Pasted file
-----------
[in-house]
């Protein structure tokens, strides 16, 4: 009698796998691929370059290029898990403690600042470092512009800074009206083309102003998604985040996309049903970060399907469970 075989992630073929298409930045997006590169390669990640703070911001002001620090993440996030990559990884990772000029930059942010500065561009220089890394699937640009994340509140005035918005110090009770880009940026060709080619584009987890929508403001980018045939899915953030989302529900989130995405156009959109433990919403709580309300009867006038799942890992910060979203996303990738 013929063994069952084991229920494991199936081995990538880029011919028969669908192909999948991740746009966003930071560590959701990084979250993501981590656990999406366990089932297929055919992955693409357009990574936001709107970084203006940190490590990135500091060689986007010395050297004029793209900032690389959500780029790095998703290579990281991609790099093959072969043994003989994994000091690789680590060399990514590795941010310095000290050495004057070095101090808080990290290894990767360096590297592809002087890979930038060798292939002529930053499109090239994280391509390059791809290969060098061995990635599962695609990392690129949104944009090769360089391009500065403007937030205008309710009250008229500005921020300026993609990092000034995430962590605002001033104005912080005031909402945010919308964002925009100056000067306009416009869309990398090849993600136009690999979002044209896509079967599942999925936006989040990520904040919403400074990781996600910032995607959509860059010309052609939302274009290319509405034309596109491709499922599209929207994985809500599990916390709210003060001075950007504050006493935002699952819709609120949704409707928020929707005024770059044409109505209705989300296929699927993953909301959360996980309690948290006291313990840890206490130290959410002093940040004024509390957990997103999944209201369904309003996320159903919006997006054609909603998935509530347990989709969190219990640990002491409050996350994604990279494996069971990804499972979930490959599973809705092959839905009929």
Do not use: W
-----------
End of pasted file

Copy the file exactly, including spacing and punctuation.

[in-house]
């Protein structure tokens, strides 16, 4: 009698796998691929370059290029898990403690600042470092512009800074009206083309102003998604985040996309049903970060399907469970 075989992630073929298409930045997006590169390669990640703070911001002001620090993440996030990559990884990772000029930059942010500065561009220089890394699937640009994340509140005035918005110090009770880009940026060709080619584009987890929508403001980018045939899915953030989302529900989130995405156009959109433990919403709580309300009867006038799942890992910060979203996303990738 013929063994069952084991229920494991199936081995990538880029011919028969669908192909999948991740746009966003930071560590959701990084979250993501981590656990999406366990089932297929055919992955693409357009990574936001709107970084203006940190490590990135500091060689986007010395050297004029793209900032690389959500780029790095998703290579990281991609790099093959072969043994003989994994000091690789680590060399990514590795941010310095000290050495004057070095101090808080990290290894990767360096590297592809002087890979930038060798292939002529930053499109090239994280391509390059791809290969060098061995990635599962695609990392690129949104944009090769360089391009500065403007937030205008309710009250008229500005921020300026993609990092000034995430962590605002001033104005912080005031909402945010919308964002925009100056000067306009416009869309990398090849993600136009690999979002044209896509079967599942999925936006989040990520904040919403400074990781996600910032995607959509860059010309052609939302274009290319509405034309596109491709499922599209929207994985809500599990916390709210003060001075950007504050006493935002699952819709609120949704409707928020929707005024770059044409109505209705989300296929699927993953909301959360996980309690948290006291313990840890206490130290959410002093940040004024509390957990997103999944209201369904309003996320159903919006997006054609909603998935509530347990989709969190219990640990002491409050996350994604990279494996069971990804499972979930490959599973809705092959839905009929």
Do not use: W